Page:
We changed cars a week or so ago. After two Hyundai vehicles we changed manufacturer but not country by getting another Korean car, a Kia Soul. So far we are very pleased. I am especially pleased with the new key fob.
The two Hyundai cars were fine, we only changed to Kia because we liked the Soul and Hyundai does not yet have a similar model. But if there was a problem with the Hyundais it was minor but annoying.
I recall a time when a car had two keys. A square one that got you in and started the car, and a round one that opened the trunk. These keys were only slightly larger than regular house and office keys which allowed them to be put on a ring and carried in a pocket. To protect against loss, you could have as many copies made as you wanted simply by going to your local hardware store and having them cut for a few bucks each.
To open your car door you had to actually insert the key and turn it; no button pressing from afar. A simple procedure unless of course the locks froze. This was a common occurrence the day after a car wash. A cruel winter reality was the need to often wash off accumulated road salt that ate away at cars like termites in a log cabin, only to find the locks frozen the next morning. Of course there were several lock de-icer products, small cans along the lines of butane lighter fillers, the nozzle of which you stuck into the keyhole and squirted the alcohol-based liquid into the lock workings. Sometimes it worked, sometimes it did not. However more often than not it was not put to the test because it was left in the glove compartment, locked inside the car!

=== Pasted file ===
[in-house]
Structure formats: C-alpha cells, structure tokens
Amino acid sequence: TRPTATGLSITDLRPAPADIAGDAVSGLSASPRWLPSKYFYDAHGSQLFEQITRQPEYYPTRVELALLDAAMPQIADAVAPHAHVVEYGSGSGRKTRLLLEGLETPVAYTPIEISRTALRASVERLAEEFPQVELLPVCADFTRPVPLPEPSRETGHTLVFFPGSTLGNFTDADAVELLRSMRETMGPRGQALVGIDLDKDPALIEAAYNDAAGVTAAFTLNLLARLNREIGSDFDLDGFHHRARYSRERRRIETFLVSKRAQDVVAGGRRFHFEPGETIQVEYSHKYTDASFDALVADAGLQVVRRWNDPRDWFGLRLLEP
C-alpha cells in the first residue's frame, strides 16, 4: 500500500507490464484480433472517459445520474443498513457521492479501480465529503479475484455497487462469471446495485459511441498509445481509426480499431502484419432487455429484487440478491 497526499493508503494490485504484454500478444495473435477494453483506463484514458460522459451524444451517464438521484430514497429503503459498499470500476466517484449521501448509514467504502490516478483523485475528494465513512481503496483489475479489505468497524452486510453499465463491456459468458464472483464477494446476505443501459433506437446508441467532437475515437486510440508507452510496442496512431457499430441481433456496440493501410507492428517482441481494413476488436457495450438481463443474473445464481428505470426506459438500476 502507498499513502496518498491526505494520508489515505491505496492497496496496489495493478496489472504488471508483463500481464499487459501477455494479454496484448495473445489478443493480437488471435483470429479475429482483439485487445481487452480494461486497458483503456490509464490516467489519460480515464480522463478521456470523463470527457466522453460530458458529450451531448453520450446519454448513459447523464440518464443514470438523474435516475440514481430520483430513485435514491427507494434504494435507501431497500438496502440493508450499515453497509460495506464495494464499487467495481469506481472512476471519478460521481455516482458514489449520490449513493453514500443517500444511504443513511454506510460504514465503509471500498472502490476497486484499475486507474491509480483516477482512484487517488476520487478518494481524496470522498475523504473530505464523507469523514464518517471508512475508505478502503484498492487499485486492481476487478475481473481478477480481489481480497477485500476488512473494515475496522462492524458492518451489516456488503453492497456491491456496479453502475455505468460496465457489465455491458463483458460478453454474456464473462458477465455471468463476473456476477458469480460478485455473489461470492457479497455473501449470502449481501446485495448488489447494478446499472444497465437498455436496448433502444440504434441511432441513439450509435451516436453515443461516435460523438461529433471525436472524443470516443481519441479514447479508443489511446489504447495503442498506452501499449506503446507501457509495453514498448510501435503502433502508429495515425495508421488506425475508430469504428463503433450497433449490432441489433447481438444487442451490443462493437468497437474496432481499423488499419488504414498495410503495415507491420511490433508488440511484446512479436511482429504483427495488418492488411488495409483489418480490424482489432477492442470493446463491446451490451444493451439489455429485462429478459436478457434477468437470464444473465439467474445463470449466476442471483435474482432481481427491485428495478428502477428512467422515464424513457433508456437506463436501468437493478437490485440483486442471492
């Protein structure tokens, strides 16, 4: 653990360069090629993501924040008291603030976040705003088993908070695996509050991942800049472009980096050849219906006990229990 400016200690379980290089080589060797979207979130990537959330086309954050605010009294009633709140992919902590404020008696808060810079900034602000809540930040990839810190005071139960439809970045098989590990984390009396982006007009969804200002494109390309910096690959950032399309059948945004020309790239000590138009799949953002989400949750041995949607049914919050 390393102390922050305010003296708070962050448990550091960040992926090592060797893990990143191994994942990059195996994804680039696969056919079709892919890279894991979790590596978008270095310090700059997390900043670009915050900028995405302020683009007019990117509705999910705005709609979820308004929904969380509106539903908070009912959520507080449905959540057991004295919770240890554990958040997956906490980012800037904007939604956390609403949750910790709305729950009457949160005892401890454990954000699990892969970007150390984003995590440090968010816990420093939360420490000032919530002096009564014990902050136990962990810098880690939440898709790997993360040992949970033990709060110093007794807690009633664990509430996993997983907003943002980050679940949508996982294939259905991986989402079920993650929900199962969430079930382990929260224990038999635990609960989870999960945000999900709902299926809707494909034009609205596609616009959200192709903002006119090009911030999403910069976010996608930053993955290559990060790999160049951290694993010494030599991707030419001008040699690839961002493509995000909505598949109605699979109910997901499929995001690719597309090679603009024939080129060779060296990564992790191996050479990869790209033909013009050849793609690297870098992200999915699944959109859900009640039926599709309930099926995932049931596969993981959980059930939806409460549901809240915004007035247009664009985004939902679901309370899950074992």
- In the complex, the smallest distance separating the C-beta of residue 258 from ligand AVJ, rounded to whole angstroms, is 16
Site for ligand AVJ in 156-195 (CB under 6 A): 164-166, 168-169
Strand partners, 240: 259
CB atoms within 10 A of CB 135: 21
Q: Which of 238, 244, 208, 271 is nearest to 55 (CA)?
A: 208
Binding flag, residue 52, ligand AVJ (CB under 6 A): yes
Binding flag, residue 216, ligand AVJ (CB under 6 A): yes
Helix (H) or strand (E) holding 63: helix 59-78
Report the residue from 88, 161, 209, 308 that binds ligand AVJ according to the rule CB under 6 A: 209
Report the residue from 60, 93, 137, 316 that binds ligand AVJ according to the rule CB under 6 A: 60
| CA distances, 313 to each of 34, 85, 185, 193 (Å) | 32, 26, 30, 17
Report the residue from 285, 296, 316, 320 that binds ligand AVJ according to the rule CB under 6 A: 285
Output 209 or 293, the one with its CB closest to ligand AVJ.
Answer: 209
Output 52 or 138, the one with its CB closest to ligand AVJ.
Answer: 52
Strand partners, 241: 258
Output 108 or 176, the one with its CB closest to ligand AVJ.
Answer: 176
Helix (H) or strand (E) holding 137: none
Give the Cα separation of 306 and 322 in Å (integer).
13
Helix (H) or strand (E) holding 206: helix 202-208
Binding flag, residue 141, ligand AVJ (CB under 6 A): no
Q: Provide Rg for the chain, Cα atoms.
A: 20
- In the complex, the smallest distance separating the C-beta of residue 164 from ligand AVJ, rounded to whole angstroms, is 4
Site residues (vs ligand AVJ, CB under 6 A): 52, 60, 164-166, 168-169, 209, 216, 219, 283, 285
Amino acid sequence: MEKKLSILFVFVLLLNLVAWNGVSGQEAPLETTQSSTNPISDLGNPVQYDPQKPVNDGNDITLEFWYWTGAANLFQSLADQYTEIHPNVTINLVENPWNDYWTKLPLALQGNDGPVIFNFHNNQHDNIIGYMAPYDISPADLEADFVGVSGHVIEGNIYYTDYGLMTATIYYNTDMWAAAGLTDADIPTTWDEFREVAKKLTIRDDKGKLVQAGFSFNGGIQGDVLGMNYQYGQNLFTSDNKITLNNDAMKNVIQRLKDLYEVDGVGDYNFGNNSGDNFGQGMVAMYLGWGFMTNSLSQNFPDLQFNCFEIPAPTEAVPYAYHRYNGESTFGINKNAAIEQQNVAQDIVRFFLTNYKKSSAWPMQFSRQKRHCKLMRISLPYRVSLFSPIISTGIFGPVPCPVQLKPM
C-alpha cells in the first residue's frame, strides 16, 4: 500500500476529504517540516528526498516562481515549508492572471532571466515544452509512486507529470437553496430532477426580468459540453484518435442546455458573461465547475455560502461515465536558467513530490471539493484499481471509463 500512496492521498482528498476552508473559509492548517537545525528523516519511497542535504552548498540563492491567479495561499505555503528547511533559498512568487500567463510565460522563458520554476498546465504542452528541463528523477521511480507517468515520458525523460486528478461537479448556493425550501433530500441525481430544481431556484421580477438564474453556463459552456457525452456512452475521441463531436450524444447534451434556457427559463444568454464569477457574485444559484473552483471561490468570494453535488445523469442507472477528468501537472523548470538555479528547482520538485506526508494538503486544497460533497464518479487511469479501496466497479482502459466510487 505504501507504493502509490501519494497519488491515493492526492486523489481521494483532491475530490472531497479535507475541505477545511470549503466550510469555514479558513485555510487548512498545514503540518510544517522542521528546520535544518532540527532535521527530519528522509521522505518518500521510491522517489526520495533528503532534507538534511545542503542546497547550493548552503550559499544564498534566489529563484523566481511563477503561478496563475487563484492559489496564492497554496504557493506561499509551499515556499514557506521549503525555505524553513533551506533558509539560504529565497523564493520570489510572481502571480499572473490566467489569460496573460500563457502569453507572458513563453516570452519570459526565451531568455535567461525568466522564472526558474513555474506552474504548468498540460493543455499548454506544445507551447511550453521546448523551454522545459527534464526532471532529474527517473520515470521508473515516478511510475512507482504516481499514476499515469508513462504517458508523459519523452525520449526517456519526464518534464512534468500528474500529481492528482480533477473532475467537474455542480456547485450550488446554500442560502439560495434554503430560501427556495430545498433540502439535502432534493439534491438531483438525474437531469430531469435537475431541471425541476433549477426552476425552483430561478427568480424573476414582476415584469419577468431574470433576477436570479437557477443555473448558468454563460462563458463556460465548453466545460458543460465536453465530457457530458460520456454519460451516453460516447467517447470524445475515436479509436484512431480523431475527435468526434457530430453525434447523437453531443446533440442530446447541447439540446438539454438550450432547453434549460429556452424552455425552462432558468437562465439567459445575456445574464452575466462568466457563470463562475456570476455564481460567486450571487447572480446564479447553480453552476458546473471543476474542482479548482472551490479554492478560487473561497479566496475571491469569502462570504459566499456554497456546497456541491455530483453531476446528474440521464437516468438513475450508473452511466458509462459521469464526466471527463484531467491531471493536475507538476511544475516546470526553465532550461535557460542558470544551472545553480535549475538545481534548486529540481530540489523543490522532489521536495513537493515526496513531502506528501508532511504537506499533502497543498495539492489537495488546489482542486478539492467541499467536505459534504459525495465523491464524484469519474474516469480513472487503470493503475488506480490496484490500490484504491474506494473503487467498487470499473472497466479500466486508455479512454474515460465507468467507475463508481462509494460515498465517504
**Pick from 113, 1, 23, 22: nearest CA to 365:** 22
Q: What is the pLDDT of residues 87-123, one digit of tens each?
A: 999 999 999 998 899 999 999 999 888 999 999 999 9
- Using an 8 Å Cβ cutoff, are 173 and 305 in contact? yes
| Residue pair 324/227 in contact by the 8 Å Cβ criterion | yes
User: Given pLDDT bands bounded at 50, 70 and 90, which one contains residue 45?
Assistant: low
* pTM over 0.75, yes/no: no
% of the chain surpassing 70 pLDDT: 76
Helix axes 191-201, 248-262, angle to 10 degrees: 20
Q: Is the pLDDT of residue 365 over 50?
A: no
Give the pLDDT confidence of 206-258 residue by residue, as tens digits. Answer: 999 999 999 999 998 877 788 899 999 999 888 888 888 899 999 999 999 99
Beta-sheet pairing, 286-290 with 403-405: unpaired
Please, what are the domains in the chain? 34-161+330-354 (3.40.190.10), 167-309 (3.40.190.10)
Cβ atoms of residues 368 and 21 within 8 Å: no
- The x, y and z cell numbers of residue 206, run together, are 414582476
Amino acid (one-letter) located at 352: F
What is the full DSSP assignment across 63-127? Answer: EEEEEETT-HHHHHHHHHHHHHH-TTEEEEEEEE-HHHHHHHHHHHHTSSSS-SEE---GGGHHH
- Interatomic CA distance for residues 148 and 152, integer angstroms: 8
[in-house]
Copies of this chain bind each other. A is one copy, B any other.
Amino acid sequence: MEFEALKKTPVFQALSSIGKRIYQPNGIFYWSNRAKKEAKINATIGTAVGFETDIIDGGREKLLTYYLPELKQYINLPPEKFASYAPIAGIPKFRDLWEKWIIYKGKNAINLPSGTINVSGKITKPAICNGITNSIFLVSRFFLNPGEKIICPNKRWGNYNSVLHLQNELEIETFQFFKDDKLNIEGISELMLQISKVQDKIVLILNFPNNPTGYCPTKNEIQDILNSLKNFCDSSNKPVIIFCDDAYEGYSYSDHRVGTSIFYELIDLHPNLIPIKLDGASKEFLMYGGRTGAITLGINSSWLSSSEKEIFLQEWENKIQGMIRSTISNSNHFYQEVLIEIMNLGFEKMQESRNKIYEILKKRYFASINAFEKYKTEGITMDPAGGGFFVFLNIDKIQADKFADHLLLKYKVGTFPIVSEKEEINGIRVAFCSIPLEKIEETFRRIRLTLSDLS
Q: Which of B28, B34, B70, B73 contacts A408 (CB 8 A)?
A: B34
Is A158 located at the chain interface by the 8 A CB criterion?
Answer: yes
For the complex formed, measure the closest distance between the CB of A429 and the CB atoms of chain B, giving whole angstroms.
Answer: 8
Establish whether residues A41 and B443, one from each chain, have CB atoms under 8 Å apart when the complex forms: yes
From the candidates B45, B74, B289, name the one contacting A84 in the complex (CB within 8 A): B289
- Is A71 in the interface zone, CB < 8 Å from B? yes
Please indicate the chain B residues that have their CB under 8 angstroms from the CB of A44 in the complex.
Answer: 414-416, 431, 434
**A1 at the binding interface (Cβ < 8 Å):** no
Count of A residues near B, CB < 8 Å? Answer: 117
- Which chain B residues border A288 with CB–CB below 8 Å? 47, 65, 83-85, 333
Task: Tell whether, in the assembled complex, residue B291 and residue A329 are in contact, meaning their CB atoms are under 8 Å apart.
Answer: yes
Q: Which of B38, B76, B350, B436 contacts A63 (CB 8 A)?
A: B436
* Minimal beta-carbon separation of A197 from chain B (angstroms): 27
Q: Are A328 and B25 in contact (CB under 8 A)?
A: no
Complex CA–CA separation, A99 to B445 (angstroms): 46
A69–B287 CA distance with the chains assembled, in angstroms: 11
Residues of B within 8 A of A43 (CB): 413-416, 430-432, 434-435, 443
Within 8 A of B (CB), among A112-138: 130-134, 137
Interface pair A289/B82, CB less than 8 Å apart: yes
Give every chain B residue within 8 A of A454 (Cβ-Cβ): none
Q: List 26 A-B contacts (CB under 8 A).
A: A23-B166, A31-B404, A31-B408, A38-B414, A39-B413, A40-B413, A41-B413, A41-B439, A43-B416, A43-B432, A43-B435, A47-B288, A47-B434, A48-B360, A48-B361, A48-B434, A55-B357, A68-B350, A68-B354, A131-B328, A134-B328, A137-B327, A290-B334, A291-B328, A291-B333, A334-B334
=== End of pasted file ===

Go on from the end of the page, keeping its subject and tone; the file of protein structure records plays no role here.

If the liquid failed to allow the key to function, there were several home remedies that could be used, including holding your key under a match or lighter to heat it. Inserting a hot key was supposed to melt the ice. It goes without saying that to try this method too soon after injecting the alcohol de-icer could have disastrous results. Hair dryers attached to several extension cords were also popular tools to gain access to a lock-frozen vehicle.
But those days are long gone. No longer do we have a pair of keys, now we have one key on a fob. The fob has several buttons that open and lock the doors, even if frozen, open the trunk and a useful red button that makes your car honk and flash madly so you can find it in a crowded parking lot.
All fine and dandy except for a couple of things. The fob is relatively large, it will not fit on a key ring. Worse, on literally countless occasions I, with fob in pocket, sat down to dinner and inadvertently set off the horn and lights on the car parked outside our building three floors down. While that was annoying, it could be dealt with from the window by pointing the fob and pressing the lock button. More irksome was unknowingly opening the trunk. Family members and neighbors would often tell me they had closed my car trunk yet again as they walked by and noticed it gaping open. Sometimes I hit the jackpot and not only tripped the car finder cacophony, but upon looking out the window to silence it I noticed the trunk wide open. This required me to traipse down three stories and shut the trunk before it filled with snow or thieving hands.
The Kia fob has not yet caused me any trouble. Perhaps it is just a wee bit less sensitive. But I do foresee a problem. On the new fob the key retracts and is released by a button. Something akin to a switch blade. As I tend to carry the fob in my front pants pocket I suspect at some point in the future I will suffer a shot to the choir buttons as the key flips out into position.